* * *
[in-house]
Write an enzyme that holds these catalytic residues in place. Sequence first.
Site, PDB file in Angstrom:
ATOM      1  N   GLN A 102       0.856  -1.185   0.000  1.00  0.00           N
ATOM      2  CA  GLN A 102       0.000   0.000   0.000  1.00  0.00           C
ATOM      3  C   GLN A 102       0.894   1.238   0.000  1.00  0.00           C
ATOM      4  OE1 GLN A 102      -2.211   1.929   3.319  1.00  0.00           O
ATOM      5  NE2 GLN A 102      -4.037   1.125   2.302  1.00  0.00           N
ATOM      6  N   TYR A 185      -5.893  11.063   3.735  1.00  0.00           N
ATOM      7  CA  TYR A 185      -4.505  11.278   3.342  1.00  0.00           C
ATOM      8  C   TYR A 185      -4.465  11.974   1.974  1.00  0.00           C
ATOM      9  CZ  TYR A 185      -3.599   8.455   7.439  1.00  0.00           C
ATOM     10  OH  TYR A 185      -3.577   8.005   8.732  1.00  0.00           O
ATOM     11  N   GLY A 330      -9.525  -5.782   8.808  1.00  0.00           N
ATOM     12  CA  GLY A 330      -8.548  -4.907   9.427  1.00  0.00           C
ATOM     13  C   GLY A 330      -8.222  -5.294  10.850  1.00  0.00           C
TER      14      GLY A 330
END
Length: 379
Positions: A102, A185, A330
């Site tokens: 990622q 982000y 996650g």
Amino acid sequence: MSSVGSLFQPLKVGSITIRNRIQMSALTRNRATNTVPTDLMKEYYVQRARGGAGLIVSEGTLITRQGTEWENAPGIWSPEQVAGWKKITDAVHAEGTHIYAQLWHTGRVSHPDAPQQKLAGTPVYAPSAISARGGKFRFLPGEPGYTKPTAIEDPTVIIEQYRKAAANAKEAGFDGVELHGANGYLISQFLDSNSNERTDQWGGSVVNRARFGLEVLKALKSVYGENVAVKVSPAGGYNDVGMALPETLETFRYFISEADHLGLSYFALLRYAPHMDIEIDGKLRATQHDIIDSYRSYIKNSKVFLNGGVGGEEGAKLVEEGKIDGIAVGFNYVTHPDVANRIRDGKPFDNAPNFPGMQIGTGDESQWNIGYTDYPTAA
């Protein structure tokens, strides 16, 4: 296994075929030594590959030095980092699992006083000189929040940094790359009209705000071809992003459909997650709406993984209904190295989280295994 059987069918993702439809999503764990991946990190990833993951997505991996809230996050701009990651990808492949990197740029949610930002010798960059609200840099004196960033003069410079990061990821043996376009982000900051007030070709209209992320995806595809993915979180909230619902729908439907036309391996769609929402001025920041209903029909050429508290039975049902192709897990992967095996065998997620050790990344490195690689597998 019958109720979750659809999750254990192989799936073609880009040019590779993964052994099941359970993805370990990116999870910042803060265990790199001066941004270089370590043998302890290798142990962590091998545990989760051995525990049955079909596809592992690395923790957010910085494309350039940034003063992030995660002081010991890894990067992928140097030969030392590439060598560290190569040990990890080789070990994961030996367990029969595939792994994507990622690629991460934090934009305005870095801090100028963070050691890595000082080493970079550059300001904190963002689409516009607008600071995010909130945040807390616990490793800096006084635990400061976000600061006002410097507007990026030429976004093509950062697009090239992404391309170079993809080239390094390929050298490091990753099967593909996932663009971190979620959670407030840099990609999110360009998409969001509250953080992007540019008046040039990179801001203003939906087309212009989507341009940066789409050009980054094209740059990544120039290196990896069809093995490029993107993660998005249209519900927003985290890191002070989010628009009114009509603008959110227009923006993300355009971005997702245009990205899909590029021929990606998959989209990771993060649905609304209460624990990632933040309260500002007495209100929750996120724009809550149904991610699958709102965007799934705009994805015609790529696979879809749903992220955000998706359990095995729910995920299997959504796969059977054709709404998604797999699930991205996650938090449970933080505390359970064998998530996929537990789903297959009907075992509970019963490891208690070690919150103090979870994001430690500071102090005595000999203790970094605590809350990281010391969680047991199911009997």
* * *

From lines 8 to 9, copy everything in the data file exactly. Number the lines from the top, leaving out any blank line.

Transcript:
ATOM      5  NE2 GLN A 102      -4.037   1.125   2.302  1.00  0.00           N
ATOM      6  N   TYR A 185      -5.893  11.063   3.735  1.00  0.00           N